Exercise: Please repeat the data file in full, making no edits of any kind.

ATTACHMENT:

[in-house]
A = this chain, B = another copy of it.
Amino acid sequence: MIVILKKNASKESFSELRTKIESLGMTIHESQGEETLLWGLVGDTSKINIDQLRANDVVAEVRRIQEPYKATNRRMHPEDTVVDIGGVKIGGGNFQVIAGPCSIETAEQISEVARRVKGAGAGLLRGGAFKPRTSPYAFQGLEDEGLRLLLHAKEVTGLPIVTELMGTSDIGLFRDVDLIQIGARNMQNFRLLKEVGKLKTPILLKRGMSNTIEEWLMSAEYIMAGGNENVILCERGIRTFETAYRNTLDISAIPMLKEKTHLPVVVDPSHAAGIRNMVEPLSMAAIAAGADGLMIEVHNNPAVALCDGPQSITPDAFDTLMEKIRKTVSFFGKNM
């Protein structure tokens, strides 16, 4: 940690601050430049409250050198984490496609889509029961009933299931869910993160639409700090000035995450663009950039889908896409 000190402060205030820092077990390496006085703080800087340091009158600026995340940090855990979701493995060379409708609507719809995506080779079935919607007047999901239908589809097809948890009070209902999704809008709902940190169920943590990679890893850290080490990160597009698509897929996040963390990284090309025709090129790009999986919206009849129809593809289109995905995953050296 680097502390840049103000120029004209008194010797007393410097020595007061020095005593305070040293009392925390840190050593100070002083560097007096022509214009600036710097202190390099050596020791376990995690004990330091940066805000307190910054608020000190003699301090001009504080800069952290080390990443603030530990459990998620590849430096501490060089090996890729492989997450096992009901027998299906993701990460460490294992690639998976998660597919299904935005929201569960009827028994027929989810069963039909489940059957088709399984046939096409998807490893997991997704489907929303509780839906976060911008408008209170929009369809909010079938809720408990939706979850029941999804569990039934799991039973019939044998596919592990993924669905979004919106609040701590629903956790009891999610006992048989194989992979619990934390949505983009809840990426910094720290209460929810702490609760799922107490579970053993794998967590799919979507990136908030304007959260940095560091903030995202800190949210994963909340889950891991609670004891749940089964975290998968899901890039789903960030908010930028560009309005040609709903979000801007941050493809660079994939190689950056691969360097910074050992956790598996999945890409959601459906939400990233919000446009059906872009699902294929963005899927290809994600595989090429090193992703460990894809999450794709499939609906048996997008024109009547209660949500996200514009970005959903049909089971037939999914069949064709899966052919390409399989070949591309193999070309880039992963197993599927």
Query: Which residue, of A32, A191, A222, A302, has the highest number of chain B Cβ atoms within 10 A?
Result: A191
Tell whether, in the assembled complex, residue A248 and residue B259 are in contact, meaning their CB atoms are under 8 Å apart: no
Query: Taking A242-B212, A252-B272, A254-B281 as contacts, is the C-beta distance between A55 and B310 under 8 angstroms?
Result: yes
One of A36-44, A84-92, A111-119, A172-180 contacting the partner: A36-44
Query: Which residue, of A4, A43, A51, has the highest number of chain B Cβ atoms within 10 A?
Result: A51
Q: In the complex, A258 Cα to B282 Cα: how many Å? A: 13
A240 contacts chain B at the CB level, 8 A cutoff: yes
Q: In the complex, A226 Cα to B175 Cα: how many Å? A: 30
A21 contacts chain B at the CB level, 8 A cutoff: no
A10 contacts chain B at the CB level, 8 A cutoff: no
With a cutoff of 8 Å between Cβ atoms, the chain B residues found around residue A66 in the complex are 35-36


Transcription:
[in-house]
A = this chain, B = another copy of it.
Amino acid sequence: MIVILKKNASKESFSELRTKIESLGMTIHESQGEETLLWGLVGDTSKINIDQLRANDVVAEVRRIQEPYKATNRRMHPEDTVVDIGGVKIGGGNFQVIAGPCSIETAEQISEVARRVKGAGAGLLRGGAFKPRTSPYAFQGLEDEGLRLLLHAKEVTGLPIVTELMGTSDIGLFRDVDLIQIGARNMQNFRLLKEVGKLKTPILLKRGMSNTIEEWLMSAEYIMAGGNENVILCERGIRTFETAYRNTLDISAIPMLKEKTHLPVVVDPSHAAGIRNMVEPLSMAAIAAGADGLMIEVHNNPAVALCDGPQSITPDAFDTLMEKIRKTVSFFGKNM
């Protein structure tokens, strides 16, 4: 940690601050430049409250050198984490496609889509029961009933299931869910993160639409700090000035995450663009950039889908896409 000190402060205030820092077990390496006085703080800087340091009158600026995340940090855990979701493995060379409708609507719809995506080779079935919607007047999901239908589809097809948890009070209902999704809008709902940190169920943590990679890893850290080490990160597009698509897929996040963390990284090309025709090129790009999986919206009849129809593809289109995905995953050296 680097502390840049103000120029004209008194010797007393410097020595007061020095005593305070040293009392925390840190050593100070002083560097007096022509214009600036710097202190390099050596020791376990995690004990330091940066805000307190910054608020000190003699301090001009504080800069952290080390990443603030530990459990998620590849430096501490060089090996890729492989997450096992009901027998299906993701990460460490294992690639998976998660597919299904935005929201569960009827028994027929989810069963039909489940059957088709399984046939096409998807490893997991997704489907929303509780839906976060911008408008209170929009369809909010079938809720408990939706979850029941999804569990039934799991039973019939044998596919592990993924669905979004919106609040701590629903956790009891999610006992048989194989992979619990934390949505983009809840990426910094720290209460929810702490609760799922107490579970053993794998967590799919979507990136908030304007959260940095560091903030995202800190949210994963909340889950891991609670004891749940089964975290998968899901890039789903960030908010930028560009309005040609709903979000801007941050493809660079994939190689950056691969360097910074050992956790598996999945890409959601459906939400990233919000446009059906872009699902294929963005899927290809994600595989090429090193992703460990894809999450794709499939609906048996997008024109009547209660949500996200514009970005959903049909089971037939999914069949064709899966052919390409399989070949591309193999070309880039992963197993599927």
Query: Which residue, of A32, A191, A222, A302, has the highest number of chain B Cβ atoms within 10 A?
Result: A191
Tell whether, in the assembled complex, residue A248 and residue B259 are in contact, meaning their CB atoms are under 8 Å apart: no
Query: Taking A242-B212, A252-B272, A254-B281 as contacts, is the C-beta distance between A55 and B310 under 8 angstroms?
Result: yes
One of A36-44, A84-92, A111-119, A172-180 contacting the partner: A36-44
Query: Which residue, of A4, A43, A51, has the highest number of chain B Cβ atoms within 10 A?
Result: A51
Q: In the complex, A258 Cα to B282 Cα: how many Å? A: 13
A240 contacts chain B at the CB level, 8 A cutoff: yes
Q: In the complex, A226 Cα to B175 Cα: how many Å? A: 30
A21 contacts chain B at the CB level, 8 A cutoff: no
A10 contacts chain B at the CB level, 8 A cutoff: no
With a cutoff of 8 Å between Cβ atoms, the chain B residues found around residue A66 in the complex are 35-36